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I just delivered my wife’s blue ribbon carrot cake to the Hospice BBQ down at the community park barn. It starts officially in a few minutes, but there was already a crowd down there about 20 minutes ago. A band was warming up and the food was cooking. Plenty of auction item too, including my wife’s cake.
Wish I could have stayed down there.
So stop posting and get down there. Hospice needs money, and you need food, fresh air, and good company!
How is the moderation format working? Is it really cramping your style?
I believe I’ve rejected about twenty posts, which is about par for the course anyway. The only difference is that under the open format those posts might have been up for a few hours or overnight before somebody called me up to complain about them.
The traffic hasn’t slowed. If anything it’s slightly increased. That surprises me, because I really thought the blog was going to slide into obscurity as had happened to other blogs which adopted the moderated format or excluded anonymous posts. Most days, I’m on or near the computer at least twice, and very often all day.
Personally, I think the discussions have taken a turn for the better. Some even tell me they think I’m being too liberal with what I’m allowing.
And like I said, anybody can start one of these things. So far, a couple of new blogs have popped up, but they aren’t taking anonymous posts. Obviously the posting traffic is very limited there. I have no idea about reading traffic.
For those who are curious, I average from 400 to 600 “visits” per day, about a thousand “hits,” and about 1500 “page views.” Apparently if you come and you don’t hit any links or enter any comments sections your stop doesn’t register, so I have no idea how many people are coming.
Oh, and I’m getting complaints that e-mails to me are bouncing. You can also send e-mails to firstname.lastname@example.org. Or is it just yahoo.com? One or the other.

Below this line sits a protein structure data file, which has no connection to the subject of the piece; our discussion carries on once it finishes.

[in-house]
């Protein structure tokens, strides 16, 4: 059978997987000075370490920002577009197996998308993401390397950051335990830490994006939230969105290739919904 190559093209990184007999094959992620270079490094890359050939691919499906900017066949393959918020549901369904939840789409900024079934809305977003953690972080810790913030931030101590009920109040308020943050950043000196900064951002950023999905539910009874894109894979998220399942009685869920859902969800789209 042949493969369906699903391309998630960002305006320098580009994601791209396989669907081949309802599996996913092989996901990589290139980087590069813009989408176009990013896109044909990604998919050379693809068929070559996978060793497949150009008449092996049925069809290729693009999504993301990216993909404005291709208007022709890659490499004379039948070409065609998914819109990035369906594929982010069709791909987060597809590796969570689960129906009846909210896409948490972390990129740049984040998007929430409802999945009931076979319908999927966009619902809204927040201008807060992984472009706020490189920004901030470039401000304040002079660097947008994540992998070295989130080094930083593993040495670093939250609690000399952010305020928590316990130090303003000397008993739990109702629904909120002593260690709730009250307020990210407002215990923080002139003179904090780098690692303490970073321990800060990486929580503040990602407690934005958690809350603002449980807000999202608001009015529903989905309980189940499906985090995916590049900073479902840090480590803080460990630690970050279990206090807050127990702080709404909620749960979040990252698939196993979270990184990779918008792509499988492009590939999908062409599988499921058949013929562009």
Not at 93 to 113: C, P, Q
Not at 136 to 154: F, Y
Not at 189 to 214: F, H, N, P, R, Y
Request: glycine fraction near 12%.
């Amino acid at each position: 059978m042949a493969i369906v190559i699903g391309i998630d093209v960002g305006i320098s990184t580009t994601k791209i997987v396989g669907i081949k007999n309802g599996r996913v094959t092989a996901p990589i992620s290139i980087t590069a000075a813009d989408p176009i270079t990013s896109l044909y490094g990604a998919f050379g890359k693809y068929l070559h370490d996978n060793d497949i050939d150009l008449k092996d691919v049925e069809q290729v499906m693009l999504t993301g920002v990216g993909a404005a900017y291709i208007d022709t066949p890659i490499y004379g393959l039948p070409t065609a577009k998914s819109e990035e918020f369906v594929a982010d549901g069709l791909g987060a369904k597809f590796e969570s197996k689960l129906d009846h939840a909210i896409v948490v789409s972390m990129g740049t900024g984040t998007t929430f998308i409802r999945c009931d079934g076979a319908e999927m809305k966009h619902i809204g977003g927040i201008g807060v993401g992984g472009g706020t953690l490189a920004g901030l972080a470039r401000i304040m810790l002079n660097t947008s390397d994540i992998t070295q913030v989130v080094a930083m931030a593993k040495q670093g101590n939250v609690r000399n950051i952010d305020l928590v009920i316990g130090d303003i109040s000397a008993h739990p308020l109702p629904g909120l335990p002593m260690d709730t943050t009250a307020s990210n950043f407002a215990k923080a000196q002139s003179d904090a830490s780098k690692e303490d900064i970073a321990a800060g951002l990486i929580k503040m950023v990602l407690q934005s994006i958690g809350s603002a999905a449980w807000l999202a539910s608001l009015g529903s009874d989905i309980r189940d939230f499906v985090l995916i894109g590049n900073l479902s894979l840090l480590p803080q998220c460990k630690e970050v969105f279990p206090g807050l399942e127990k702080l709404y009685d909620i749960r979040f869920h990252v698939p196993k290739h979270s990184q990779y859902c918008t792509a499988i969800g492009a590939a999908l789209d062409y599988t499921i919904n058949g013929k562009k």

I’m in trial prep which means my time for posting is very limited, and it’s hard for me to put together any words which are particularly inspired. But I’ve intended to post something about the Richardson Grove controversy for some time now.
Save Ancient Forests has some stuff. Feel free to comment here or there. I’ll come up with something deep to say about it sometime down the road.
Photo courtesy of an online magazine entitled “Redwood Empire” where you can find some more gorgeous shots of the grove.
Judge Robert Bork is suing Yale for a trip and fall.
Hey, I’m not saying his case lacks merit. The irony is simply to rich to pass up. If he filed suit, he’s probably not happy with the insurance adjuster.
To be fair, his injuries were serious. But prior to this accident, had he read about a similar account in the paper, do you think he would have been sympathetic to the plaintiff?
It reminds me of Rush Limbaugh’s born again conversion to the right to privacy in his last run-in with the law, something he previously argued was “legislated from the bench” by “activist liberal justices” at the behest of the ACLU – who also went to bat for him.
What is it they say about liberals who’ve been mugged?
I mean, despite my quasi-hippie airs, I’m not against a moderate amount of consumption. Technology is mostly good. Commercialism does help the economy to a certain extent. But I don’t quite know what to make of this…, whatever it is.
“The weird thing,” he said, “was that there were all these people crowded around the store when I came out. It was the feeling of having won a big award. They were all cheering, and I hadn’t really done anything except buy a phone.”